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Book Four of The Touch Series

©2019 Stoni Alexander

Chapter Two - Part One

Carly's Bad News

   Carlyle Stone glared at the Excel spreadsheet. Not even her death stare could change the bottom line. “Not good.”

   Her assistant’s shriek sent her hurrying into reception. “What’s wrong?”

   Desiree Hott stood barefoot on her desk, her eyes wide with fear. “Another mouse.”

   Carly sighed. “Those traps aren’t working. Did you see where it went?”

   “Wherever it went isn’t far enough.” Desiree shuddered. “You know how you hate spiders? That’s how I feel about mice.”

   “I was hoping we could get rid of them ourselves, but I’ll call an exterminator.”

   “Why don’t you call your dad?”

   “I told him, but he hasn’t done anything. Maybe this is the universe telling me to step away.”

   “Not true. The universe wants you to stay because if you don’t, the bad guys will win.”

   “Well, then, the universe is going to have to throw us some meatier cases, and by meatier, I don’t mean in the form of a rodent.”

   “It’s that bad?”

   Carly nodded. “Another few months and Stone Investigations won’t exist.”

   Frowning in that oh-so-familiar way, Desiree twirled a chunk of pink-streaked blonde hair. “Don’t say that.”

   “I’m behind on rent. If I don’t pay the electric bill, we’ll be working by candlelight.”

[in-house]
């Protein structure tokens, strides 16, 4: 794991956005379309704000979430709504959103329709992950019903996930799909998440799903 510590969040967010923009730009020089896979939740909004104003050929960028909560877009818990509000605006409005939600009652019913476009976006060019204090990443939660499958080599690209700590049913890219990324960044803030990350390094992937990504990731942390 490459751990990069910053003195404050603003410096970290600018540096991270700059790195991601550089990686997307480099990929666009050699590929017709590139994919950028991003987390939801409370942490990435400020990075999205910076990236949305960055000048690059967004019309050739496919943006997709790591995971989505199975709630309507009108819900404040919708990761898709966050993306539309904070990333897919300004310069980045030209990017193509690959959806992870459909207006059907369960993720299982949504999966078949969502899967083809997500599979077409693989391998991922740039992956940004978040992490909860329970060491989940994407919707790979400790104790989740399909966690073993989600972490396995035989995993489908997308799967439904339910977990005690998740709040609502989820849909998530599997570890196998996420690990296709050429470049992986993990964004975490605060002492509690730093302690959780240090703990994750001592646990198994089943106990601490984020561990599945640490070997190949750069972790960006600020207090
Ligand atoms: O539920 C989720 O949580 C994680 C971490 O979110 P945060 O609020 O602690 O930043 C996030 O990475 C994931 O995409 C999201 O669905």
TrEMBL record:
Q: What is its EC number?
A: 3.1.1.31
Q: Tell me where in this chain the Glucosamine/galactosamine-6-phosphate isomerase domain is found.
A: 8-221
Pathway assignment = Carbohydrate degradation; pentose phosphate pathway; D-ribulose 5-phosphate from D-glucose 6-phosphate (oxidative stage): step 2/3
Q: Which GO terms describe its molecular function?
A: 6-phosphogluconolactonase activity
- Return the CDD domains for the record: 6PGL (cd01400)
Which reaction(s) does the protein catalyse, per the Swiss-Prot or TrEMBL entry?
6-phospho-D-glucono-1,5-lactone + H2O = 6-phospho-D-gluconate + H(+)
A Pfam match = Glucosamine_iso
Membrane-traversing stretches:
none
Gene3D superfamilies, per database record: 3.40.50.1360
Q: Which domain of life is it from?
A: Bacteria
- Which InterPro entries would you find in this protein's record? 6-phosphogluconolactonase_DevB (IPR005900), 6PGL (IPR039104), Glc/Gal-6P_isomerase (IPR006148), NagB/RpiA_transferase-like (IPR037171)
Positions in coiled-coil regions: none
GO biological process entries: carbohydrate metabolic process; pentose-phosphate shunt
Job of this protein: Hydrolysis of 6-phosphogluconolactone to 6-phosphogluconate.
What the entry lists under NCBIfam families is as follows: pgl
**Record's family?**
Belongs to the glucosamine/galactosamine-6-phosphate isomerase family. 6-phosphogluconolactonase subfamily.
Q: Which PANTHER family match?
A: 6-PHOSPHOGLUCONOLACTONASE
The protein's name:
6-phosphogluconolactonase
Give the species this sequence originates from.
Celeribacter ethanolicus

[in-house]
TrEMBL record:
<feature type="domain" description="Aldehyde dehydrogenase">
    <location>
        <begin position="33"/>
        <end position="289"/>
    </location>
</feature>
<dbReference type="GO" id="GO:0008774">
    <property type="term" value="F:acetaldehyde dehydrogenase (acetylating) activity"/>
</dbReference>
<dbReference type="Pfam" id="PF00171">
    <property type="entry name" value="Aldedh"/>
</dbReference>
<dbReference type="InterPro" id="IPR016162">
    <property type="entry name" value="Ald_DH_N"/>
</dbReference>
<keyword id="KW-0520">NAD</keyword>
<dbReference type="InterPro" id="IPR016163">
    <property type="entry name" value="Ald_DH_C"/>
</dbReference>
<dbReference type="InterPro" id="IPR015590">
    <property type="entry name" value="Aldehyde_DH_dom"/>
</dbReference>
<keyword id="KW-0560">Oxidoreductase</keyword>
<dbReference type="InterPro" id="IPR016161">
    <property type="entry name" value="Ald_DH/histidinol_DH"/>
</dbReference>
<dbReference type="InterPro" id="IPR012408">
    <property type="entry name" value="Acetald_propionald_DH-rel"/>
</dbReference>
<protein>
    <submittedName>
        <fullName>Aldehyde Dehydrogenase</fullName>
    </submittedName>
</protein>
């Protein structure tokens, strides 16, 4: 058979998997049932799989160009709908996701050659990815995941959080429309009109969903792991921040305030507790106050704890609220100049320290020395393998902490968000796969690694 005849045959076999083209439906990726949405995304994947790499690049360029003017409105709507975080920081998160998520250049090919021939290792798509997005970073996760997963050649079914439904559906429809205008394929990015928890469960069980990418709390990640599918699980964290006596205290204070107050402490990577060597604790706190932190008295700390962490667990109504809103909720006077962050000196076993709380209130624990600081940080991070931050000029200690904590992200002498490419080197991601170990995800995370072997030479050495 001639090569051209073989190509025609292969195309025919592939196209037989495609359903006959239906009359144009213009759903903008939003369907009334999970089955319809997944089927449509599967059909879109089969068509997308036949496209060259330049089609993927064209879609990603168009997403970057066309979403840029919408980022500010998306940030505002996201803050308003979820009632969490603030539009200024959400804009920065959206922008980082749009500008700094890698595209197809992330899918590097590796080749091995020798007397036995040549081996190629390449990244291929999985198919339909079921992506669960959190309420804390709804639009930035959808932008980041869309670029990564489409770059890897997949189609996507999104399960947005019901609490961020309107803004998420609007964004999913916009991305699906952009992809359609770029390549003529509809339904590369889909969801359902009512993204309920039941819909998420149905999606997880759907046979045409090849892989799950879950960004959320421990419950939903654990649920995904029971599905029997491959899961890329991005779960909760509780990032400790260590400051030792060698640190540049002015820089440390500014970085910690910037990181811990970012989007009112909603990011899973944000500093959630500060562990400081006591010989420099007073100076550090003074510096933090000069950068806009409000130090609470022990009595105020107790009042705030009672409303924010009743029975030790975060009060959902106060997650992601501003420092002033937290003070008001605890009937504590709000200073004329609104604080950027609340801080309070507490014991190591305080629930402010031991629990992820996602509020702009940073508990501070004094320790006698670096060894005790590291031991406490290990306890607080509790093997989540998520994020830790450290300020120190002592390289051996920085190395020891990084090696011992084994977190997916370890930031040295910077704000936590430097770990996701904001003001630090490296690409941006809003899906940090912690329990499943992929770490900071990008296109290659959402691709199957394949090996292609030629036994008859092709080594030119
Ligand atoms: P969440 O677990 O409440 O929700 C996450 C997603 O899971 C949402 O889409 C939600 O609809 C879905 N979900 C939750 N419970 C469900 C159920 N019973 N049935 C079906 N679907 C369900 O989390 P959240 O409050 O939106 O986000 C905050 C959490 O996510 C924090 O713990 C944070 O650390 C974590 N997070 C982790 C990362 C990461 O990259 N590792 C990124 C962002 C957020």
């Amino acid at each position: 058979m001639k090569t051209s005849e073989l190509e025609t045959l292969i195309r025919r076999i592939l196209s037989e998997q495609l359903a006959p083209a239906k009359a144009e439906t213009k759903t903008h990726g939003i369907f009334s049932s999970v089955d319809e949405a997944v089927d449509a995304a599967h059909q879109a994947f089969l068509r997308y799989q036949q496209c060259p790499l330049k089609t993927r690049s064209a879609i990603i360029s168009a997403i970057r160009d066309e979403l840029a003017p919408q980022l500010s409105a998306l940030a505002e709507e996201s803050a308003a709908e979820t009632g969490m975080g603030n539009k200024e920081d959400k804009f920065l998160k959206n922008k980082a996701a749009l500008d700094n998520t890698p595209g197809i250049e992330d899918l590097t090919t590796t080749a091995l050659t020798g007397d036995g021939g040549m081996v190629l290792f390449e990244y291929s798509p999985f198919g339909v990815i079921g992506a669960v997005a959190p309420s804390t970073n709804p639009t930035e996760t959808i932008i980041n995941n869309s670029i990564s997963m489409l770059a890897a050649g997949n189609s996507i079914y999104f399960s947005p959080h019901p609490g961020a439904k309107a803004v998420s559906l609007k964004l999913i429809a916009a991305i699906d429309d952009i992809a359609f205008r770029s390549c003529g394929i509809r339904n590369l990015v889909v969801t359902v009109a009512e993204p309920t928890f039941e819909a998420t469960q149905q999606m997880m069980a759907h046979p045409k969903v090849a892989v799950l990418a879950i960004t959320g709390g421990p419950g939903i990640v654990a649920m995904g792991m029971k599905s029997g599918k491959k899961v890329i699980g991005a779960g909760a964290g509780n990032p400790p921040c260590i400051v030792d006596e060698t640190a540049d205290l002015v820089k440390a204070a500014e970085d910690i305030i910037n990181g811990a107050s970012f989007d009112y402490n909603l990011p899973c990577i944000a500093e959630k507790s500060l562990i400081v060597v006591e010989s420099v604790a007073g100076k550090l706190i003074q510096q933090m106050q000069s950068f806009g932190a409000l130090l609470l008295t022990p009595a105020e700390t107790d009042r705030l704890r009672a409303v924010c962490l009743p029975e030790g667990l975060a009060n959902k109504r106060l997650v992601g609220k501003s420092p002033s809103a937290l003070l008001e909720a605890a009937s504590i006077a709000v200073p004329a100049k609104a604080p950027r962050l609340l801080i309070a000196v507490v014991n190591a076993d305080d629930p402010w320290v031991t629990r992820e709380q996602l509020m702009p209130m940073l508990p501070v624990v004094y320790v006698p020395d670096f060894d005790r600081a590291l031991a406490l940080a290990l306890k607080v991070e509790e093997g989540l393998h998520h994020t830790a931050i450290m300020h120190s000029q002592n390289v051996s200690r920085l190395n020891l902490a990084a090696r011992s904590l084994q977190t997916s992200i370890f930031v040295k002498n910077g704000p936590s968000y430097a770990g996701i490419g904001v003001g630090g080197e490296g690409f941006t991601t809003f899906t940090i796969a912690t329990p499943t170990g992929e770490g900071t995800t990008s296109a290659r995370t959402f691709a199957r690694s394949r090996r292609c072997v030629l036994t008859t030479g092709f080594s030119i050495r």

“Can’t you work something out with your dad?”

   When Carly’s grandpa passed in February, her father took over as building landlord and her free ride came to a screeching halt. Though her dad charged her less than the going rate to rent the Pennsylvania Avenue office in southeast D.C., it was still a big chunk of change that she didn’t have.

   Carly’s sigh was laced with frustration. “He hasn’t been so great about returning my calls.”

   “Okay, so what happened to the new clients Sinclair sent our way?”

   “Two still haven’t paid. One wants to barter. She doesn’t believe money is the best way to do business.” Carly groaned. “My grandpa would hang his head in shame at what I’ve done to his beloved business.”

   “You haven’t done anything wrong.” Desiree climbed down, slipped into her stilettos, but kept her gaze glued on the floor. “People don’t seem to need private eyes like they used to. They hunt for people on the Internet. DNA testing is done by spitting into a test tube. I’ll make it a point to ask everyone who comes in for a referral. No worries.”

   “Thanks,” Carly said before returning to her office. But she was worried. She needed a lot more than referrals to turn her business around. She needed a solid case, something that would allow her to put her investigative agency back on the map.

   And make Grandpa Pierce proud of her.

   Because God knows, her parents weren’t.

   The doorbell chimed. Must be my three o’clock. She rolled the silky lip gel across her lips, then tugged her suit jacket down. I need this, so git her done.

   Desiree tapped on her office door. “Craig Pluckett is here.”

   With a smile, Carly rose and shook his hand. “Mr. Pluckett, I’m Carly Stone. Have a seat.”

   “Call me Craig.” He settled into the chair across from her large antique desk.

   “Craig, your assistant explained that you’re shopping PI firms. Who are you working with now?”

   “I’m not at liberty to say. What I can tell you is that they’ve jacked their prices way up.”